Taking a look at the health headlines this afternoon, I’m struck again by how much information is really disinformation, misinformation, and my personal favorite, uninformation (e.g. exercise is good! try to quit smoking! eat healthy!).
Every day, I see the most sensational (but worthless), the most inaccurate, and the most outdated health information disseminated. Question the “holy grails” of health and suffer the wrath of so-called experts (who are often no better informed than you). The holy grails I challenge:
– Is type 2 diabetes a disease or a natural response to a toxic diet?
– Is cholesterol the cause of heart disease, or the body’s desperate attempt to repair damage?
– Why rely on the BMI – are there better indicators of physical fitness and healthy weight?
– Do we really need 8, or 10, or 12 glasses of water daily – or should we drink when we’re thirsty?
– Is milk fit for human consumption? How about grains? Why did these get the “perfect food” labels?
– Is our diet really providing all the nutrients we need?
Consider one typical path of health information for a moment:
– A study is performed which may or may not be funded by a company or special interest hoping for a certain result.
– Scientists may or may not find the results that were desired, and may or may not present those results in an accurate way (if you’re a lab tech at the FDA, chances are good that you’ve been threatened, warned, or cajoled for attempting to do your job).
– The company or special interest releases this “news” in a particular way, and the media may or may not do background digging to determine the accuracy, fairness, or potential bias inherent in the release.
– Our own biases, background and desires filter how we interpret and accept or reject the news, which may or may not be accurate news to begin with.
– The government may or may not look out for the truth. The FDA is replete with ex-Pharma pros and the federal legislature is inundated with special interest dollars and deals. Though the government is supposed to look out for public health, I’d argue that public servants actually have less incentive to be honest or ethical than average citizens, because reelection is often tied to perception of results, not actual results. Fail, and you can spin it. If a businessperson fails, it’s hard to spin your way out of that – you failed, period. There are consequences.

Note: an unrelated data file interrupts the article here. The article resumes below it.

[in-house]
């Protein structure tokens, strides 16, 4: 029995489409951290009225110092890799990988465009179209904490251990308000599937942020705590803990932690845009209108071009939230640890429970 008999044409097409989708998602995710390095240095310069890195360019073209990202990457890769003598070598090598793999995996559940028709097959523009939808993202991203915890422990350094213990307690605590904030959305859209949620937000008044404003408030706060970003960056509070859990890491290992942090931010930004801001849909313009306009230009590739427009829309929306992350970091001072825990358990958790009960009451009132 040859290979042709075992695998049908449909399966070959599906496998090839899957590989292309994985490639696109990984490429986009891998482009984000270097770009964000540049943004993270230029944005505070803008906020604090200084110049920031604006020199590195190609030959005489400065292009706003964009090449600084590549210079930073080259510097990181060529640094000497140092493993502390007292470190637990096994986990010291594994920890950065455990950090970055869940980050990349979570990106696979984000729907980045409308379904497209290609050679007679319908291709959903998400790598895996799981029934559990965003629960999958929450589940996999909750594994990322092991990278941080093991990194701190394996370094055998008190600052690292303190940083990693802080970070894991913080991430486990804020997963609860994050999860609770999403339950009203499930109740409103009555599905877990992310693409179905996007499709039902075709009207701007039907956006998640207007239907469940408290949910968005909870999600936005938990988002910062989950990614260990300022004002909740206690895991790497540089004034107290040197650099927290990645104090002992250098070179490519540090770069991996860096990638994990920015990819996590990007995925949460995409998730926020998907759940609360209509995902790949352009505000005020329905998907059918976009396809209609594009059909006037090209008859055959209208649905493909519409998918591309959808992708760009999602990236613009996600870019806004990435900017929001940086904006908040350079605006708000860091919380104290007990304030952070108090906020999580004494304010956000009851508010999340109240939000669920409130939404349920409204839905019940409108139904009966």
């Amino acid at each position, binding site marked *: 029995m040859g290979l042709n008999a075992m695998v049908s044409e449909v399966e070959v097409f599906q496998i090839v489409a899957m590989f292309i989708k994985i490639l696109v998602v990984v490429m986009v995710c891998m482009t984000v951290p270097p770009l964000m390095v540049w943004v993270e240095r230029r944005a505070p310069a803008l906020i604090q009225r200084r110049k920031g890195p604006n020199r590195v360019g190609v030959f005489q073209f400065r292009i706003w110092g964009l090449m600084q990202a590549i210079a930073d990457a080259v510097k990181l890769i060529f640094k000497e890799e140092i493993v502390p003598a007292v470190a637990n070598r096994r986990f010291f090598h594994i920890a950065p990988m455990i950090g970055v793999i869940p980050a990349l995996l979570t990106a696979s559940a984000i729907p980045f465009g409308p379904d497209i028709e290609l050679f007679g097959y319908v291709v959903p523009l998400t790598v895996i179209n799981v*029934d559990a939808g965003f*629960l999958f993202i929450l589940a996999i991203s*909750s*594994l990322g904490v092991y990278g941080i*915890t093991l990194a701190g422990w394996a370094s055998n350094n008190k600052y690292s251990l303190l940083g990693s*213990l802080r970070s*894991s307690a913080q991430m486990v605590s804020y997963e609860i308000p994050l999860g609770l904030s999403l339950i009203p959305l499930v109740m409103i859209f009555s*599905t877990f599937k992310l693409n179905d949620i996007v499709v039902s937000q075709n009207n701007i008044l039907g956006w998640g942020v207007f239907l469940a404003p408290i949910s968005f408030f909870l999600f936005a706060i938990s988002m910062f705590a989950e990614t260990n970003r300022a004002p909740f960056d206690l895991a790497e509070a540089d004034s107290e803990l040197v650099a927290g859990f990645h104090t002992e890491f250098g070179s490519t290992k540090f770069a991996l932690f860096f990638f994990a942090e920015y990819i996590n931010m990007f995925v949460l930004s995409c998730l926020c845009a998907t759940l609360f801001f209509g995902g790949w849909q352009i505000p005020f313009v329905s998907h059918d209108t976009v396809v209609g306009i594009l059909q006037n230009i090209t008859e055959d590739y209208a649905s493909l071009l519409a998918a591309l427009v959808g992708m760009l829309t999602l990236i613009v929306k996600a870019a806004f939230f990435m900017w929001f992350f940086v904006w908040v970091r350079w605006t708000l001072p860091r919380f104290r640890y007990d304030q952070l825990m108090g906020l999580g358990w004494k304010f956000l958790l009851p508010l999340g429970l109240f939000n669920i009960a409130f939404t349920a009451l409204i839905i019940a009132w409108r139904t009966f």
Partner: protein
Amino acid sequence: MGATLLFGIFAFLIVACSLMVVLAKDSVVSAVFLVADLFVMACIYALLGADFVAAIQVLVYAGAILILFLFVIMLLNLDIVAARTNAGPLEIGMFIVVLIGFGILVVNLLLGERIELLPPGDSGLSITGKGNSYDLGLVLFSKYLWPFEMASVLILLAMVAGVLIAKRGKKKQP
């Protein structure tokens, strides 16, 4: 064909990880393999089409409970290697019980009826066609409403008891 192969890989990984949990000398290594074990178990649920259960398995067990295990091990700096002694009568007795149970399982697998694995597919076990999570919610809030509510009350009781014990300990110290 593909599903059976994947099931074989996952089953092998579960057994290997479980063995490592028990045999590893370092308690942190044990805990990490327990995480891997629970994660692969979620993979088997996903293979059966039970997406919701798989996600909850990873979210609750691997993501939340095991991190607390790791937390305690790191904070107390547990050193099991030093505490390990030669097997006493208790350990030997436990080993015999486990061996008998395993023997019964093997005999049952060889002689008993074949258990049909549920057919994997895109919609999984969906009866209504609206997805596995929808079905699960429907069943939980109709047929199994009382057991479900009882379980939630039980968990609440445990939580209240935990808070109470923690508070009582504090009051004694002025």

Where are the consequences for the FDA or pharmaceutical companies? Theoretically, legislation and lawsuits “protect” the consumer, but I don’t see that these things have yielded measurable improvement. Sure, Big Puff shelled out a boatload of cash in the ’90s in class-action suits, but behind our backs, at the very same time, the very same tobacco companies were increasing the nicotine levels in cigarettes. If that’s not spite…
Who has a vested interest in Americans being sick, overweight, and unhealthy? With 74% of us overweight, and serious health issues like cancer, heart disease, diabetes and hypertension skyrocketing and leaving other industrialized nations in the dust, we are quite literally a sick nation.
It ain’t just Kentucky, folks. Clearly, individuals are not benefiting – so who is? Who would stand to benefit from addiction, sickness, and ignorance?
I’m not a conspiracy theorist (and do they ever drive me nuts). On the contrary, I think the most obvious, logical explanation is usually the correct one. So, I’m not suggesting a group of old men with an affinity for expensive cigars cooked up a massive plot to enslave and profit from innocent Joes and Janes. They didn’t have to.
It’s plain as day, and really, it’s just biology: humans become quickly habituated, even addicted, to what is pleasurable and requires the least effort (enter fast food and huge portions). We’re hardwired for feast-or-famine. Problem is, these days, it’s feast all the time.
Humans also like to find a way to make money to acquire even more pleasurable things. We do this quite well, usually by supplying something other humans are demanding (enter pharmaceuticals).
Built for survival and having learned through trial and error that passing up pleasure is a bad idea (hey, it might be a week before another juicy goat carcass pops up), humans tend to stick with activities that reinforce pleasurable feelings, and we tend to go for shortcuts – this is all built into our biology. It worked when we had to haul that goat carcass across the savannah back to our hole in the ground where our young were – hopefully – waiting, if they hadn’t been devoured by a passing lion. It doesn’t work so well now. Although, it’s certainly working for someone.
We’re feasting our brains out, with very predictable results: obesity, sickness, disease, depression.
So, who can benefit from taking responsibility, becoming as informed as possible, making conscious decisions congruent with your beliefs and knowledge, and actively pursuing good health?
You, that’s who.
You are the only one who is truly responsible for your own health – being a victim is not a modus operandi that does anyone any good. Period.
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